– The NATM Buying Corp.’s 11 leading regional retailers are riding out the recession by cutting costs, opening stores, entering new categories and otherwise hunkering down until the economy recovers.
“Our members are strong and well-financed,” said the buying group’s president and executive director Bill Trawick, and NATM is maintaining its market share in a stagnant, if not declining, environment for TVs and major appliances.
Speaking at the group’s annual conference, held here last week at the Ritz-Carlton, Trawick and NATM operations director Michael Maund pointed to consumer insecurity, the ailing housing market and flat-panel saturation as key contributors to flagging CE and majap sales.
Indeed, the group’s white-goods dollar volume was up only slightly in the first half of 2010 over a weak year-ago period, thanks to an artificial boost from the federally funded appliance rebate program. But trends have soured again, the executives said, and factory shipments of appliances are returning to negative territory.
Another “major concern” for Trawick is TV. Unit volume, which grew last year as average selling prices fell, was flat for the first six months of 2010 and is beginning to run negative despite vendor price drops and bundled giveaways. Labor Day was particularly disappointing, Trawick said, and some TV manufacturers have already lowered their forecasts for the year.
The dour sales environment has left Trawick looking forward to Black Friday, when even fiercer CE and majap promotions, and the suspension of MAP policies, “should bring people into stores.”
Gregg Richard, president, P.C. Richard & Son: “Business is not fantastic. It used to be predictable but now it’s up and down. Things will get better but will it be in six months? Three years? When [the economy] does get better we’re going to be in a really good position. In the meantime we’re still private and we’re still profitable.”
Peter Edwards, president, Video Only, noted, “It’s a struggle. The housing slowdown came late to our market [Seattle] and things are a little sluggish right now, but it should turn around by 2011.”
Bob Perlman, CEO, BrandsMart USA, commented, “There is business but it’s tough and it takes a lot of work.”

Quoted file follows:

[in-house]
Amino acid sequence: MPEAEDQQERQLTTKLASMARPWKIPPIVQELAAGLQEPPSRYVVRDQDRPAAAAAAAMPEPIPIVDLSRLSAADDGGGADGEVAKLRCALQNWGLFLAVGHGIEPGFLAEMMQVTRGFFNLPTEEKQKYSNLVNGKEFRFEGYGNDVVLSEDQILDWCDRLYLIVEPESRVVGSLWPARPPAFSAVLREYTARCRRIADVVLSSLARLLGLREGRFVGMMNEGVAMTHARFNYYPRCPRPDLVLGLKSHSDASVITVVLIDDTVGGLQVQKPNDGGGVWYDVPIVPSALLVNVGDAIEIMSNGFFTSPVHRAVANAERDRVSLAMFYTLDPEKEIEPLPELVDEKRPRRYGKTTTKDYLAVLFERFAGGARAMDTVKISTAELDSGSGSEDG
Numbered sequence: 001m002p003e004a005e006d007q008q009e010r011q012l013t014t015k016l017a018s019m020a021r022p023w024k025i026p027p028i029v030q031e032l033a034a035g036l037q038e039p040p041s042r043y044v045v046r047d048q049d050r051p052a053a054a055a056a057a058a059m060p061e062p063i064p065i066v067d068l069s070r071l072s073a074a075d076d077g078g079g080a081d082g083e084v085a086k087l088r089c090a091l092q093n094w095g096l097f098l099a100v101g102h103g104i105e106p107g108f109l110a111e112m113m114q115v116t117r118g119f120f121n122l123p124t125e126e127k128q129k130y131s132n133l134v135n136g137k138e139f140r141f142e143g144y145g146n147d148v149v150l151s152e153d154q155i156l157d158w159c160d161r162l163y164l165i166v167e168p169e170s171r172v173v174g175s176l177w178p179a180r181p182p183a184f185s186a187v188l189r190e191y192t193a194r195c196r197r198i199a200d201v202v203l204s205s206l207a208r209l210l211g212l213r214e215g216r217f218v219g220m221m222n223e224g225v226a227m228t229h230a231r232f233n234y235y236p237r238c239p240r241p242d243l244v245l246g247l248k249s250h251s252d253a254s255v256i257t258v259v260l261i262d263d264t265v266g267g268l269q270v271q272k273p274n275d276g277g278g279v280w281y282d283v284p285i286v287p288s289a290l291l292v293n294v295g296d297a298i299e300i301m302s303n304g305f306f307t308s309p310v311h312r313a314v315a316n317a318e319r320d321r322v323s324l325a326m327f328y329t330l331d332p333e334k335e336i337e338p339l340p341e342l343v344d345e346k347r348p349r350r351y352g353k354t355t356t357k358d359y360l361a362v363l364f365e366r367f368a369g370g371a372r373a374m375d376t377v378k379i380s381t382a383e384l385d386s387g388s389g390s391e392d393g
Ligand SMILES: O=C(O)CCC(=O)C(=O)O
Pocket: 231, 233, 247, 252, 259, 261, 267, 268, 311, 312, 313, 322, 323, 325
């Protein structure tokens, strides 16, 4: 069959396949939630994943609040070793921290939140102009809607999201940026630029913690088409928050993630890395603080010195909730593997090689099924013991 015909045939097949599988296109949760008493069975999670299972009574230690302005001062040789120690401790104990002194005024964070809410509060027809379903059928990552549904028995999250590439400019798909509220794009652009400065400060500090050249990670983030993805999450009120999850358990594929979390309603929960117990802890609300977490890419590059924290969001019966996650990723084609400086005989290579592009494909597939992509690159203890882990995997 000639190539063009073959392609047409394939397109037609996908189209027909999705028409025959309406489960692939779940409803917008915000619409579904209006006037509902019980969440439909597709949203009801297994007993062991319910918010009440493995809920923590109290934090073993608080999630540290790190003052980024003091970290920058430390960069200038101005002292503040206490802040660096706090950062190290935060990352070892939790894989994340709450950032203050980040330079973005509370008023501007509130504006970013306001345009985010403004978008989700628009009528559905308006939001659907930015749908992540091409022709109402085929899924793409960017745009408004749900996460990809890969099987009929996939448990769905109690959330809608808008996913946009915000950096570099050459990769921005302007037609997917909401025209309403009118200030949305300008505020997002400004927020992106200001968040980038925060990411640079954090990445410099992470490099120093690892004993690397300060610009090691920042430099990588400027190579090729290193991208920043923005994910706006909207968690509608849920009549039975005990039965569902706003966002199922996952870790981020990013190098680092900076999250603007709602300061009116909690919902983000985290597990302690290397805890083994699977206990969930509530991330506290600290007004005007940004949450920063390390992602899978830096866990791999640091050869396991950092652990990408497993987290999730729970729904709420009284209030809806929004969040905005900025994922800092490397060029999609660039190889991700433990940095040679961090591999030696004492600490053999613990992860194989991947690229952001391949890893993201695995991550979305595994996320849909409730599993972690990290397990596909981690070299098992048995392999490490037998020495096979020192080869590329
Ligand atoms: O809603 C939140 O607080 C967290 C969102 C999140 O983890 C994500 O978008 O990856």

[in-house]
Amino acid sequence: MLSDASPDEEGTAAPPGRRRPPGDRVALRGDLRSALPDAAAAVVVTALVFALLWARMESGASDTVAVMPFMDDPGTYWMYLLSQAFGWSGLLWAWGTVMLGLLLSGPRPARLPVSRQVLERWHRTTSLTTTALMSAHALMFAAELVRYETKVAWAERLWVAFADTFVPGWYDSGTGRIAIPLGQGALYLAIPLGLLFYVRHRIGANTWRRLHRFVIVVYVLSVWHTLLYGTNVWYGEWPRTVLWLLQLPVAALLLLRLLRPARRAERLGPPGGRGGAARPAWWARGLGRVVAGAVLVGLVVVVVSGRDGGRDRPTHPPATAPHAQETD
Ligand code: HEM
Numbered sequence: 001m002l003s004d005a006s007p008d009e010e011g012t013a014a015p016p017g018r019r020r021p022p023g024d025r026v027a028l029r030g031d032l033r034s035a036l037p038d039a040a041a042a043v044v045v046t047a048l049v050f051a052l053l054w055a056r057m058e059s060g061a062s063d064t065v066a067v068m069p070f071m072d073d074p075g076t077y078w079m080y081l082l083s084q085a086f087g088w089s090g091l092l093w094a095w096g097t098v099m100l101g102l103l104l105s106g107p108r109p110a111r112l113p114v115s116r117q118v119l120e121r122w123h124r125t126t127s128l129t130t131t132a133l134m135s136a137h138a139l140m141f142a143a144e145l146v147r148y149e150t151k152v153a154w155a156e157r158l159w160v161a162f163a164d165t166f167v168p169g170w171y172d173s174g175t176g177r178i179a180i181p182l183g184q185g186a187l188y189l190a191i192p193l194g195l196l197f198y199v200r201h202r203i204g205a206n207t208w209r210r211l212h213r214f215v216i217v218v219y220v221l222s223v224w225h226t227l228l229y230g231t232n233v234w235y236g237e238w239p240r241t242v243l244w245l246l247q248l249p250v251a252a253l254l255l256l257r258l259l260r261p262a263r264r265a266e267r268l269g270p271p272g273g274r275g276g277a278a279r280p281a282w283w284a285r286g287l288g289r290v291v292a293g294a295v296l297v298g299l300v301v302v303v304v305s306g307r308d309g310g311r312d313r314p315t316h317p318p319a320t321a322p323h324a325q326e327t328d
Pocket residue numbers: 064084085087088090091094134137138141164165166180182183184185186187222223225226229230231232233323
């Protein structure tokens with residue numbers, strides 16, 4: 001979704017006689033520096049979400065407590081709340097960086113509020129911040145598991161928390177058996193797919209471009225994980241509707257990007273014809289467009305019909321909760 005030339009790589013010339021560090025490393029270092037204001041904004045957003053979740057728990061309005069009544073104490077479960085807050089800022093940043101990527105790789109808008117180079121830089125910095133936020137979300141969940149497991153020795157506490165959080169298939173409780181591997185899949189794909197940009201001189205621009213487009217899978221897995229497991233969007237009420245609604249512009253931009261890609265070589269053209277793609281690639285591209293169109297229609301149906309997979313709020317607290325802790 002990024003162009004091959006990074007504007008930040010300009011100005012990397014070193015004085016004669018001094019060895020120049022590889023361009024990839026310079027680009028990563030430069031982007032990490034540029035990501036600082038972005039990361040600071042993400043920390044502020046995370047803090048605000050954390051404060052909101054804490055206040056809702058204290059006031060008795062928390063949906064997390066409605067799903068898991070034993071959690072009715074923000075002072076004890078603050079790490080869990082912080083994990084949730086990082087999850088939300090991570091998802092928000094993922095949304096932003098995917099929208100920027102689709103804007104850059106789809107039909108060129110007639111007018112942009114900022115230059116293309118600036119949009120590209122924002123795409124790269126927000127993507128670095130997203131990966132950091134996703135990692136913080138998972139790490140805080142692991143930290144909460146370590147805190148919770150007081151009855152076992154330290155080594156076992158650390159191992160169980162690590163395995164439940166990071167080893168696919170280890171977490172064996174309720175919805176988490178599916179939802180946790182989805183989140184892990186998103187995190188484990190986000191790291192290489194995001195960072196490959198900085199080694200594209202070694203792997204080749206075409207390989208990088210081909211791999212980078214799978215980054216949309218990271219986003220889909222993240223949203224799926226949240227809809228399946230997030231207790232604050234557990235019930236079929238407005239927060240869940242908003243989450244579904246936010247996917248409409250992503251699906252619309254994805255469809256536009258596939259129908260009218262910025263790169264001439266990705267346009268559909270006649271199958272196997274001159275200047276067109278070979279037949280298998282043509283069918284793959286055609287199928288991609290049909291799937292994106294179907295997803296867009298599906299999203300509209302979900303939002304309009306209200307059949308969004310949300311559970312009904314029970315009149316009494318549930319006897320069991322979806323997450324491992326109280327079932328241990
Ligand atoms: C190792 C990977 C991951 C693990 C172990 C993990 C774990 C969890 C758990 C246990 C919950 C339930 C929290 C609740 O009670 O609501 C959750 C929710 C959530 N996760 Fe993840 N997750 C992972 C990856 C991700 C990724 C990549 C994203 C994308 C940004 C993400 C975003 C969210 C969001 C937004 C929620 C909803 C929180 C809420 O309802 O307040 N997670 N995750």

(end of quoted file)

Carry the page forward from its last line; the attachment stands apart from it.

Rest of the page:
Sam Yazdian, president, Electronic Express: “TV unit volume is up but dollar volume is flat to down because of all the promotional pricing. Our appliance business is good, even without the rebates in Tennessee, because of replacement business after the flooding in Nashville last spring.”
In the meantime, the buying group is considering new tactics to help bolster its members, including operational initiatives to reduce costs and a direct-sourcing program to bring in accessories and other categories from China.
NATM has also extended its mix to gaming and PCs, with Nintendo, Microsoft, Sony PlayStation, Dell and Samsung’s computer division among the conference’s first-time attendees.
The group also received a major boost with the return of Abt Electronics and P.C. Richard & Son, which raises NATM’s annual sales volume to $5 billion and more than offsets the revenue loss of former members Queen City (to the Nationwide Marketing Group) and Bernie’s (to bankruptcy).
Dealers themselves are combating the soft economy by opening new stores, relocating older ones, and testing new formats and product categories. P.C. Richard plans to open its seventh Connecticut store in October along with a regional distribution center to support them, Gregg Richard told TWICE, while Abt continues to add new categories like jewelry, water heaters and HVAC (heating, ventilation and air conditioning), president Mike Abt said.
Similarly, Florida-based BrandsMart USA, which recently opened a fourth Atlanta superstore, is launching its first “small”-format showroom Oct. 10 near the upscale Dadeland Mall in South Miami. CEO Bob Perlman said the smaller format, which is roughly half the size of the chain’s typical megastores, opens up more real estate opportunities while keeping the same assortment.
The store will also employ new merchandising concepts and services, such as a combined TV and audio presentation, valet parking, and an interactive display concept for its wireless department that features live pre- and post-paid phones across all carriers and MVNOs (mobile virtual network operators), and 32-inch screens showing product features and videos.
Further north, Tennessee-based Electronic Express will relocate its 8,000-square-foot Murfreesboro store to a new 26,000-square-foot location in October, making it the largest in the 17-store chain, and is building a new site for its Tullahoma store that should be completed early next year. President Sam Yazdian said the expansions will accommodate the company’s recently added appliance assortment and a re-merchandised PC department that has been extended to 1,500 square feet.